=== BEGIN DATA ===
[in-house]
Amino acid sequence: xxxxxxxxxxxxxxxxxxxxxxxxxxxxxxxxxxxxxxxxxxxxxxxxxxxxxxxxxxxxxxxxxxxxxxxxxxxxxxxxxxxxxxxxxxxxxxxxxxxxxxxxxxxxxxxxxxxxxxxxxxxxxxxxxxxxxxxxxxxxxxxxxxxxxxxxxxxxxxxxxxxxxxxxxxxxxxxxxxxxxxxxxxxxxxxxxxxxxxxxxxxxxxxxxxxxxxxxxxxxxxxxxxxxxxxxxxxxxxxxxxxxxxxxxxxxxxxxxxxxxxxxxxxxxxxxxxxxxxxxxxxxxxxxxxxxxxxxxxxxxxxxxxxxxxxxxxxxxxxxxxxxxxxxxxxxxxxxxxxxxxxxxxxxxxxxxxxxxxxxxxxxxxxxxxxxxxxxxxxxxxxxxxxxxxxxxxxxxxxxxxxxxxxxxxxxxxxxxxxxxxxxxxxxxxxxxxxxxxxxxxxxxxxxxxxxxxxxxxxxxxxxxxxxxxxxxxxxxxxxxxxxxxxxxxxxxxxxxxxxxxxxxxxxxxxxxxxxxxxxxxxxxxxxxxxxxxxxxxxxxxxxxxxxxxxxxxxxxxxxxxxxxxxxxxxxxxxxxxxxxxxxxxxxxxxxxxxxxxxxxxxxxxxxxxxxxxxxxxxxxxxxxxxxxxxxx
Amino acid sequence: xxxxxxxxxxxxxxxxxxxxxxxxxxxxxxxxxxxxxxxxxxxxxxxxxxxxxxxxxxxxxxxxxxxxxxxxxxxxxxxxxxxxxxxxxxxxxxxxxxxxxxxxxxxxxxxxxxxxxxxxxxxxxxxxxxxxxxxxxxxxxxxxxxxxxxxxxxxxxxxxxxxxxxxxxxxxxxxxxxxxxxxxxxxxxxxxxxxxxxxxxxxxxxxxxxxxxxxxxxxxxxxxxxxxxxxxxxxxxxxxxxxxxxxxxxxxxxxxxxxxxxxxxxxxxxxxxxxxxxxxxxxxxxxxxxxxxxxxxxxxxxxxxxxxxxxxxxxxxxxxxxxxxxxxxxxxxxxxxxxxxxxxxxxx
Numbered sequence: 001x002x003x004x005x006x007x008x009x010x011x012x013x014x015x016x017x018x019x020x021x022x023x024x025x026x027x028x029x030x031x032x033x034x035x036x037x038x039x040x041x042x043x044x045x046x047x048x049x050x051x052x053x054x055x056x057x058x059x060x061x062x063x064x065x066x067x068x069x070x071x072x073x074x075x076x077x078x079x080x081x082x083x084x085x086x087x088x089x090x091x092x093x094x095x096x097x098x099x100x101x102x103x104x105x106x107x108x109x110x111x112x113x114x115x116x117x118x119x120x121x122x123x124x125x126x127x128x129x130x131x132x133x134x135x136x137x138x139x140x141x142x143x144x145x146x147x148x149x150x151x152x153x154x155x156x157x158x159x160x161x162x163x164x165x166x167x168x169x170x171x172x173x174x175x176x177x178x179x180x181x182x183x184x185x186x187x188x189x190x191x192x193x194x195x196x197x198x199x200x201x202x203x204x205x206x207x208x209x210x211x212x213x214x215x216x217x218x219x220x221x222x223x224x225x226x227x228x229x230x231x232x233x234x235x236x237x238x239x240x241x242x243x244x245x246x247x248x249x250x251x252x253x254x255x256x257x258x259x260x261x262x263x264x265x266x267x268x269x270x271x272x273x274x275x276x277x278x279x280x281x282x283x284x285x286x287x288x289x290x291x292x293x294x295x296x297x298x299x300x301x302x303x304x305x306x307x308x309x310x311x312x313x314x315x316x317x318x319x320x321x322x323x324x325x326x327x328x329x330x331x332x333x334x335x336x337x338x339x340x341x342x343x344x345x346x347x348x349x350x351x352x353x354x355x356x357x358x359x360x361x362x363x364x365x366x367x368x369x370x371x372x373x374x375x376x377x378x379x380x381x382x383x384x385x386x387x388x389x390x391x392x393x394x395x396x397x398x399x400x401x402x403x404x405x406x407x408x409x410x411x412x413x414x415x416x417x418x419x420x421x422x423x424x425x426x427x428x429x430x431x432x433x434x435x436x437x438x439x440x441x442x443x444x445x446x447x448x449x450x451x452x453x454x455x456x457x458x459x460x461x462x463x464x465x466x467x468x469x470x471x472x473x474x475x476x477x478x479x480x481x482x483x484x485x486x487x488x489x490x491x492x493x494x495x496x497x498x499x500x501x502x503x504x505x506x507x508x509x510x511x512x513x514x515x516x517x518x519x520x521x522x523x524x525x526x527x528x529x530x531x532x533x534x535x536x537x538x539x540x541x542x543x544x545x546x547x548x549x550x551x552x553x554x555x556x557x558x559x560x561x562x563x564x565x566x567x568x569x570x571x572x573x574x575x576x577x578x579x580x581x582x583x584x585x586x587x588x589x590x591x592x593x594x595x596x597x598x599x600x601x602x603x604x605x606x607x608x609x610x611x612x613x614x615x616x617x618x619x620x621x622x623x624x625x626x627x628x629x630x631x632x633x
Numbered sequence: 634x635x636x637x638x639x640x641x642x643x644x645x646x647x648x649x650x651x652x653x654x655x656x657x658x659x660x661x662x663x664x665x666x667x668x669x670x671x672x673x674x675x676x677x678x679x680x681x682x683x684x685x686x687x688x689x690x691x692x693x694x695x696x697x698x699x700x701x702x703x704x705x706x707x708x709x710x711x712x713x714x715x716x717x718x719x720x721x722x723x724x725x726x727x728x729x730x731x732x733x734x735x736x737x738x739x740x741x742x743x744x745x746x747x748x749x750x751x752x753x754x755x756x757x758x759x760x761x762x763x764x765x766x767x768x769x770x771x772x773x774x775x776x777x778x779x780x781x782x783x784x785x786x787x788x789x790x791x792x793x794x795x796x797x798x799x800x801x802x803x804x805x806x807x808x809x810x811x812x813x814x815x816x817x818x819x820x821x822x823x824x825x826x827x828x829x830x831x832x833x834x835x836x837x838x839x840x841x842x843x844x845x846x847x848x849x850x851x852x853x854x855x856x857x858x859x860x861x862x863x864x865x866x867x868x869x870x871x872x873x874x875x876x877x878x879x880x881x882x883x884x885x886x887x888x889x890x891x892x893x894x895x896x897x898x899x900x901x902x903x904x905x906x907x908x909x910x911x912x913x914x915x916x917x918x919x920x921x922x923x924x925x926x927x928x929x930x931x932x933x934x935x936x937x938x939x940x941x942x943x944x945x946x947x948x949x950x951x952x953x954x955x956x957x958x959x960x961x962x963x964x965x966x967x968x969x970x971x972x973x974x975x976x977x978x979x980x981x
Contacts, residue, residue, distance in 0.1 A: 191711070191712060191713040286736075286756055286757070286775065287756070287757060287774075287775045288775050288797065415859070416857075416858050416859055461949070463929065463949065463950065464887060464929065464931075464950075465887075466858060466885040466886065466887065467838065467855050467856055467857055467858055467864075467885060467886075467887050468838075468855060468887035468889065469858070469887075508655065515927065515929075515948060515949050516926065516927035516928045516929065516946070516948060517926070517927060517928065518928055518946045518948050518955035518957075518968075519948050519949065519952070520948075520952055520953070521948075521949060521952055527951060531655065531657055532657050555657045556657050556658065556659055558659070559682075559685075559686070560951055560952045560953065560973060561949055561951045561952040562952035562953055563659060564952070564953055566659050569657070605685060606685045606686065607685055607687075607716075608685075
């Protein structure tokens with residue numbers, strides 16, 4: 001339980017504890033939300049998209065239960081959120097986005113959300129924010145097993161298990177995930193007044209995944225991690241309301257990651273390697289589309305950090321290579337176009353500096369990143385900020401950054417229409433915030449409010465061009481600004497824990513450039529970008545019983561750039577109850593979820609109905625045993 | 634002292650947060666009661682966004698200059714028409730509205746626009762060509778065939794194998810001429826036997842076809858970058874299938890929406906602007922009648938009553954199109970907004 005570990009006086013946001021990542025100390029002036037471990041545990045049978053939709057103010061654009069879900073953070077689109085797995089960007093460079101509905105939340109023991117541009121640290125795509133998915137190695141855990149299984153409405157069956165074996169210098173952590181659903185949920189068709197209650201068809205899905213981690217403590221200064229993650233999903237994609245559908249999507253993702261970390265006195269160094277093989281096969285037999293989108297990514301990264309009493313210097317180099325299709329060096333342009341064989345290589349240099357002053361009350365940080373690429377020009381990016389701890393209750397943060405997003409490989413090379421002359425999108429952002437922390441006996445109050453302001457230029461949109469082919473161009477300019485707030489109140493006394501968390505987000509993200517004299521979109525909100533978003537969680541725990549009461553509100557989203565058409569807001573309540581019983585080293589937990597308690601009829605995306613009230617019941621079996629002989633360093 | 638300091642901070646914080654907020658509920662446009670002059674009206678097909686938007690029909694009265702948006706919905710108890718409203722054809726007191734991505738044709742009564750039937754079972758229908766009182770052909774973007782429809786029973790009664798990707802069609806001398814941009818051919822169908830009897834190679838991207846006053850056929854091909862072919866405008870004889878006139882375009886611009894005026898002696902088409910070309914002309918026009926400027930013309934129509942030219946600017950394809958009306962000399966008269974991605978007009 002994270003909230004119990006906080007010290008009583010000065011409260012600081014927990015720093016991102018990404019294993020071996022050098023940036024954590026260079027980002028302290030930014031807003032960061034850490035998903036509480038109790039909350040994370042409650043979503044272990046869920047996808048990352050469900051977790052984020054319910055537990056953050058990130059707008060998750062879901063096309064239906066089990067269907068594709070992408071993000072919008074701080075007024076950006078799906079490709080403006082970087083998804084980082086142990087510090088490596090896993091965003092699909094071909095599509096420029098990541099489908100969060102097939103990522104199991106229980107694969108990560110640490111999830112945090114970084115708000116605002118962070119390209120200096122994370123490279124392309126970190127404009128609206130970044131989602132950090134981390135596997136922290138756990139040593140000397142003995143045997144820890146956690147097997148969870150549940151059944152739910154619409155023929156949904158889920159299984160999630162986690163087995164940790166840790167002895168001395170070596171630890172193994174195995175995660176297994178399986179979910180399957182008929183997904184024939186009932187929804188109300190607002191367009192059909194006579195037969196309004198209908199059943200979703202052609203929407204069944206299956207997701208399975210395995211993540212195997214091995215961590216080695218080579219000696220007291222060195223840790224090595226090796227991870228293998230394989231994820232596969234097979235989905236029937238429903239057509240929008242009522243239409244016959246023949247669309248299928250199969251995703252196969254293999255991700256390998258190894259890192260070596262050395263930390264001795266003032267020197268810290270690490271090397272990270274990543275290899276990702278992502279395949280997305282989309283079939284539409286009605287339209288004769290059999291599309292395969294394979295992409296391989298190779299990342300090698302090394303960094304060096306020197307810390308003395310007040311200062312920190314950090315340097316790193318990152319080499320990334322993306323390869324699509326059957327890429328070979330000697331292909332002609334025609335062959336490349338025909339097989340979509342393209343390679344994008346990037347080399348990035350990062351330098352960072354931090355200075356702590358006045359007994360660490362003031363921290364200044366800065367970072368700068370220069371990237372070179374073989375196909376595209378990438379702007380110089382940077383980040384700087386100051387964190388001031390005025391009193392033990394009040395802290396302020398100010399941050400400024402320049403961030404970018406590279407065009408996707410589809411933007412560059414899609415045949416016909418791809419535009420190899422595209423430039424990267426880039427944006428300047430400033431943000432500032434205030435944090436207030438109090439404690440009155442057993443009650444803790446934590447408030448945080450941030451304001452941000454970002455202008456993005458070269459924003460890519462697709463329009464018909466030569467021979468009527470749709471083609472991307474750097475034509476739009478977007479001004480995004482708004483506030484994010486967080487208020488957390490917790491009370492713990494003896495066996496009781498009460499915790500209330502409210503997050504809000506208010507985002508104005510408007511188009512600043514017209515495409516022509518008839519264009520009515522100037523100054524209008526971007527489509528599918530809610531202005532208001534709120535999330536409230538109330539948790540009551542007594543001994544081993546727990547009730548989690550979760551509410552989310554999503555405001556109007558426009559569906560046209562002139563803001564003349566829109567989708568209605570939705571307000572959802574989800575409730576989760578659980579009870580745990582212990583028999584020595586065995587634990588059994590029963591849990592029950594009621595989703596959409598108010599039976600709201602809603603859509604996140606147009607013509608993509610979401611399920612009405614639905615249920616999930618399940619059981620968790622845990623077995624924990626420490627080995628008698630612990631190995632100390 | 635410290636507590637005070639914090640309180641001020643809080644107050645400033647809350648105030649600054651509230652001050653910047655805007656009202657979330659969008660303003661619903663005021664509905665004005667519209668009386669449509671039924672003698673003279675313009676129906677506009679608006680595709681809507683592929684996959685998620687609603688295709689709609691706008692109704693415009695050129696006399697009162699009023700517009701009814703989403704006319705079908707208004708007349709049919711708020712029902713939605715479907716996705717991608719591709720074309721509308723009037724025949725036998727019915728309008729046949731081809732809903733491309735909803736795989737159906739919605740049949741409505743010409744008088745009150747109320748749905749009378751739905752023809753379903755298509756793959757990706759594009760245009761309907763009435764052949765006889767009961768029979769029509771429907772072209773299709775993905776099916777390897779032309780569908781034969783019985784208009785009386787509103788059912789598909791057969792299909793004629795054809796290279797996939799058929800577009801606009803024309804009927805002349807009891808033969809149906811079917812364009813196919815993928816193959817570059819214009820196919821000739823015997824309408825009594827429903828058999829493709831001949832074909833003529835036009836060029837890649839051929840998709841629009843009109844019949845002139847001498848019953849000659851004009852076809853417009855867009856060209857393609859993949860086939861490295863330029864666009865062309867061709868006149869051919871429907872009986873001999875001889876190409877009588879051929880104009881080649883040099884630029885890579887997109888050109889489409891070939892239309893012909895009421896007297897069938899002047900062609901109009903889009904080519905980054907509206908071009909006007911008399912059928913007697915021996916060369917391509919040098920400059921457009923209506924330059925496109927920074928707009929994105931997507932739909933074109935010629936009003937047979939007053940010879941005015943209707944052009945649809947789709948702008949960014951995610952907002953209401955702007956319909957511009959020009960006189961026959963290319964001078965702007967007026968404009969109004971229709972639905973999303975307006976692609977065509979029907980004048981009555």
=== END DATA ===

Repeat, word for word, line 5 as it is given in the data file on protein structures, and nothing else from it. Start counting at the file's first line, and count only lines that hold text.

Numbered sequence: 634x635x636x637x638x639x640x641x642x643x644x645x646x647x648x649x650x651x652x653x654x655x656x657x658x659x660x661x662x663x664x665x666x667x668x669x670x671x672x673x674x675x676x677x678x679x680x681x682x683x684x685x686x687x688x689x690x691x692x693x694x695x696x697x698x699x700x701x702x703x704x705x706x707x708x709x710x711x712x713x714x715x716x717x718x719x720x721x722x723x724x725x726x727x728x729x730x731x732x733x734x735x736x737x738x739x740x741x742x743x744x745x746x747x748x749x750x751x752x753x754x755x756x757x758x759x760x761x762x763x764x765x766x767x768x769x770x771x772x773x774x775x776x777x778x779x780x781x782x783x784x785x786x787x788x789x790x791x792x793x794x795x796x797x798x799x800x801x802x803x804x805x806x807x808x809x810x811x812x813x814x815x816x817x818x819x820x821x822x823x824x825x826x827x828x829x830x831x832x833x834x835x836x837x838x839x840x841x842x843x844x845x846x847x848x849x850x851x852x853x854x855x856x857x858x859x860x861x862x863x864x865x866x867x868x869x870x871x872x873x874x875x876x877x878x879x880x881x882x883x884x885x886x887x888x889x890x891x892x893x894x895x896x897x898x899x900x901x902x903x904x905x906x907x908x909x910x911x912x913x914x915x916x917x918x919x920x921x922x923x924x925x926x927x928x929x930x931x932x933x934x935x936x937x938x939x940x941x942x943x944x945x946x947x948x949x950x951x952x953x954x955x956x957x958x959x960x961x962x963x964x965x966x967x968x969x970x971x972x973x974x975x976x977x978x979x980x981x